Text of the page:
Once the college acceptance letter arrives, the next question becomes:
“How will we pay for college?”
The college financial aid and scholarship process can be stressful and tedious for both parents and students; however, there are ways to relieve the stress. In this article, we give tips on how you can maximize the amount of scholarships and financial aid you receive to pay for college.
According to Sallie Mae, families spent an average of $26,458 for undergraduate studies in 2017- 2018. Many of those families used more than one source of income to pay college tuitions- 47% of tuition was covered by family income and savings, 28% was paid with grants/scholarships, and 24% was paid with loans. With rising tuition costs, it is becoming more and more important to have a plan for paying for college and maximize the amount of aid received.
- Get a head start – Encourage students to begin applying for scholarships early. Some awards are available as early as elementary school and more become available for middle school and high school students. Remember – every penny counts, it may feel like a lot of work for one scholarship, but it adds up in the end.
- Don’t stop searching for ways to save – Scholarships are available for current undergraduates too. You may be able to reapply or renew a scholarship. Remember to ask about the renewal terms for scholarships to make sure that you meet requirements.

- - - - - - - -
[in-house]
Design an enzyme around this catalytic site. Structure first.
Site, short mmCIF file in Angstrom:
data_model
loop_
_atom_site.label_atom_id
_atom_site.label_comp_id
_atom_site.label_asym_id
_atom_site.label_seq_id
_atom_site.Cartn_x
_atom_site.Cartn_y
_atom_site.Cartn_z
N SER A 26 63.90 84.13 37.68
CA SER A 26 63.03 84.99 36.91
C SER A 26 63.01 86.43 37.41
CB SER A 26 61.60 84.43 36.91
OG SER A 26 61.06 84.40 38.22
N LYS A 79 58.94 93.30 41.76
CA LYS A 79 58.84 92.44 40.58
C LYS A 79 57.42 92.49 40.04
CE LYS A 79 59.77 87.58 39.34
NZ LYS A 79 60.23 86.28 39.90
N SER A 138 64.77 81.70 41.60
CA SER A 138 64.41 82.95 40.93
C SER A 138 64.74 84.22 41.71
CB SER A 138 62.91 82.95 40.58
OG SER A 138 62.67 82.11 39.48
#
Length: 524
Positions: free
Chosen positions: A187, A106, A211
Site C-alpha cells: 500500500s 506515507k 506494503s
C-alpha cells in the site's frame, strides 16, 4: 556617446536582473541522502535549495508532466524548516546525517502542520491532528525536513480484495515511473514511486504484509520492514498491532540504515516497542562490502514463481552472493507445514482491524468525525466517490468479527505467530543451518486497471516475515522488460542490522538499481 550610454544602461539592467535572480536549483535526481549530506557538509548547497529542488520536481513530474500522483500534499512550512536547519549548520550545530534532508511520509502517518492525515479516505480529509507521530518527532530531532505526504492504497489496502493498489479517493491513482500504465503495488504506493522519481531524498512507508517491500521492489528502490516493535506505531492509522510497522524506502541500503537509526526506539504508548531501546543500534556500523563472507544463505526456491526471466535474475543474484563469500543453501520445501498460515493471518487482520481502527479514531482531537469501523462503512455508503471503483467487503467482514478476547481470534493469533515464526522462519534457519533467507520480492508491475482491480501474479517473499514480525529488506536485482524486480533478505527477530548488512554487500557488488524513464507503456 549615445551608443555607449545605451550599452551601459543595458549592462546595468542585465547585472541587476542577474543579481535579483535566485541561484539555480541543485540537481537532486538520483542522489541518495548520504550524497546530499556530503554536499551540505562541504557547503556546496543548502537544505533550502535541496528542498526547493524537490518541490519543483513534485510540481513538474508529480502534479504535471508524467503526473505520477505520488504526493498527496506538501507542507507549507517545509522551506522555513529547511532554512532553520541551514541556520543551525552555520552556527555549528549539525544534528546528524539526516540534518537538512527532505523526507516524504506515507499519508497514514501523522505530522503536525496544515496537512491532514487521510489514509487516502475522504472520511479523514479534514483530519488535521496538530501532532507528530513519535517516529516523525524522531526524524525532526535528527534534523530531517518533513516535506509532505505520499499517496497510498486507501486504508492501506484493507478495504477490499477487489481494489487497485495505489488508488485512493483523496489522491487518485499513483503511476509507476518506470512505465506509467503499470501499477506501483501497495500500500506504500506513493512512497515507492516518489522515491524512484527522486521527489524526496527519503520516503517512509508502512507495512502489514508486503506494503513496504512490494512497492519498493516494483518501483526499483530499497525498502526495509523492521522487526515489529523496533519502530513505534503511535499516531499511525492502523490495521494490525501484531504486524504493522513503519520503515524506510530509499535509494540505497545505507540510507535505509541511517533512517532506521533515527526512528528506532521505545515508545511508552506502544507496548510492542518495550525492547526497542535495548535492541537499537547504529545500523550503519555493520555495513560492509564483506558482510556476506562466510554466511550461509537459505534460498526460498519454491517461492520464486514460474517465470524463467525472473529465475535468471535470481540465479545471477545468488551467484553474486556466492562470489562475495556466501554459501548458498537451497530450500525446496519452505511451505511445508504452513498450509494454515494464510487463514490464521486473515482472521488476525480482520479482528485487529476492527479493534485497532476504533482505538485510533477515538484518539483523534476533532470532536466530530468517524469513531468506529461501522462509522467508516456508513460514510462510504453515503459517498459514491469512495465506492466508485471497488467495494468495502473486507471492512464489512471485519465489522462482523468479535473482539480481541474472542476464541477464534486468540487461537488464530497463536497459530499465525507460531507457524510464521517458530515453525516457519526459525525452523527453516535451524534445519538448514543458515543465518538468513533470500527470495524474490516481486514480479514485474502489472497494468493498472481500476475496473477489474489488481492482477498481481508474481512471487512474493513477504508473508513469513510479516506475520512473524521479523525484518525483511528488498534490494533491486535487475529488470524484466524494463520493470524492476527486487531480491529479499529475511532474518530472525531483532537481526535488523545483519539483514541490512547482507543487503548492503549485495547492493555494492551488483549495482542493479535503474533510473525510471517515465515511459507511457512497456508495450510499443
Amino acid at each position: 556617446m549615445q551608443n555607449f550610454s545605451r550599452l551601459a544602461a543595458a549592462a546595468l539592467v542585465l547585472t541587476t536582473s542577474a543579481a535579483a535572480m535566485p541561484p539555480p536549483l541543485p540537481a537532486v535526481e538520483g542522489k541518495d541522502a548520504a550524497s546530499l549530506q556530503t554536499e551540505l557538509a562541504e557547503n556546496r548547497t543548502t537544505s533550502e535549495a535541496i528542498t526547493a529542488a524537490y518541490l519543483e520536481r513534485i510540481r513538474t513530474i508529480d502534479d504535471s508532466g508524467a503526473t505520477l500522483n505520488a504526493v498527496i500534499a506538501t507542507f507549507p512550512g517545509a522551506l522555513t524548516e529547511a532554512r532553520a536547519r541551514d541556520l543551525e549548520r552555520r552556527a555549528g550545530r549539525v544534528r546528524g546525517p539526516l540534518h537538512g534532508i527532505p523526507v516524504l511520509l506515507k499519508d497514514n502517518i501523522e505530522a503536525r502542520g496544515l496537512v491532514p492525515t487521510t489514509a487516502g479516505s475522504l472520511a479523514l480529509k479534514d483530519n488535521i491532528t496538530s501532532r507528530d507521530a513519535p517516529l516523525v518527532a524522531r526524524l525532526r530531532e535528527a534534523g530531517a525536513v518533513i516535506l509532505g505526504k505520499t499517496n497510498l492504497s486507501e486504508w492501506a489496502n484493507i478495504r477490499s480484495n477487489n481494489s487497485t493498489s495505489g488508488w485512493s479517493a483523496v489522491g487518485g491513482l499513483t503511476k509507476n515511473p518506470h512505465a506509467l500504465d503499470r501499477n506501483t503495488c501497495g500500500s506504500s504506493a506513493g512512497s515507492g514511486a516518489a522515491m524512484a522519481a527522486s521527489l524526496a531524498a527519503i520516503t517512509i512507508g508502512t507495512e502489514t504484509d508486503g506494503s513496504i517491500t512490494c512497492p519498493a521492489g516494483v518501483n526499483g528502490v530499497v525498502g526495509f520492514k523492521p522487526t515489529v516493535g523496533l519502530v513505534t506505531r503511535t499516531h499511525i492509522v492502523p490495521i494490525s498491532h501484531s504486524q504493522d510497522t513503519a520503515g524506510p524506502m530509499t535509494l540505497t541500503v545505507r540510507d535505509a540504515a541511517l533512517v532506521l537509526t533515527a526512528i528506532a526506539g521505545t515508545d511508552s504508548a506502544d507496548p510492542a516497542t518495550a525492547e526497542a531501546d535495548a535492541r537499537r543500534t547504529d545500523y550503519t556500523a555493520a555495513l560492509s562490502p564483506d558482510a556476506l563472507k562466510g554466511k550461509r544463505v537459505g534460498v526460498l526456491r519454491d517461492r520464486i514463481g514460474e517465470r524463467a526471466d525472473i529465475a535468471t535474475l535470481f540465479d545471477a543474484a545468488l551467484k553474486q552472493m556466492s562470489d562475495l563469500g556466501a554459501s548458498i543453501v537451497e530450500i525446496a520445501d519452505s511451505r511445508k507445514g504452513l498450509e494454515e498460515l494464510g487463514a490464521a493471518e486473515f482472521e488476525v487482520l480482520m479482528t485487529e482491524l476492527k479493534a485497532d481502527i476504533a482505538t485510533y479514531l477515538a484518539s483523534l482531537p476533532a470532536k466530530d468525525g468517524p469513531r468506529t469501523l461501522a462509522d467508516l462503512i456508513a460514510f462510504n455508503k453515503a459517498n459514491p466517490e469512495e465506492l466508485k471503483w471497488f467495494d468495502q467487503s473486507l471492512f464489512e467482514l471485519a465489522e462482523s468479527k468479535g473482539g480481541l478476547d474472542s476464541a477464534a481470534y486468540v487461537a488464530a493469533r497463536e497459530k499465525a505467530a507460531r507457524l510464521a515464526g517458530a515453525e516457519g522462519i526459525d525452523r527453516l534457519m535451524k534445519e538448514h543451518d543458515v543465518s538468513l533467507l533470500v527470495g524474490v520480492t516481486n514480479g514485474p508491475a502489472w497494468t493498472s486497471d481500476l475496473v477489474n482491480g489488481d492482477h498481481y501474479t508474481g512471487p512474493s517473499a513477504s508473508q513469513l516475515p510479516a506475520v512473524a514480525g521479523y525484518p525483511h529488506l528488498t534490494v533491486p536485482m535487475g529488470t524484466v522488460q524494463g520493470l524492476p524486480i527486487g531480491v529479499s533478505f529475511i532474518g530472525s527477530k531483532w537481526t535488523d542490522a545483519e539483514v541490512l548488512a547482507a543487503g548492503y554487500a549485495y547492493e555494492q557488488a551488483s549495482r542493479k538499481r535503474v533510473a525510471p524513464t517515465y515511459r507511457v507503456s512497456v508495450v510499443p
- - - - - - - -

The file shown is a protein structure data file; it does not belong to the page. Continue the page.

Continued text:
- Think local and small – Students tend to focus on the larger scholarships available, but small scholarships can add up to make a big difference. Many smaller scholarships may be funded by your local community so check out what is available from employers, religious institutions, or community groups.
- Pay attention to the details – Read and re-read the instructions for each scholarship and grant. Check the qualifications needed to apply, apply on time, and follow the instructions. You want to be as efficient as possible when applying for scholarships, so your hard work and time pays off. Don’t risk the chance of your application becoming disqualified for a small mistake.
- Look at the big picture – Don’t base your final decision on which school awards you the most money. It is important to consider the amount of aid you receive in comparison to the total cost of attendance. Sometimes the aid you receive from a college may seem like a lot, but the cost of attendance is even higher.
- Apply for FASFA – In 2017- 2018, 75% of families completed the Free Application for Federal Student Aid (FAFSA) application. However, out of the families that did not complete the FAFSA application, 48% did so because they believed that they wouldn’t qualify. It is recommended that you file an application because a completed FAFSA is required for federal student loans as well as many colleges’ merit-based aid. In addition, there are new policies that award need-based aid to families with high incomes under special conditions. Even if you are not considered for need-based aid, you can still receive a low-cost federal loan that is at least $5,500.
If you would like to learn more about planning for the financial expense of college, please contact SC&H Financial Advisors, Inc.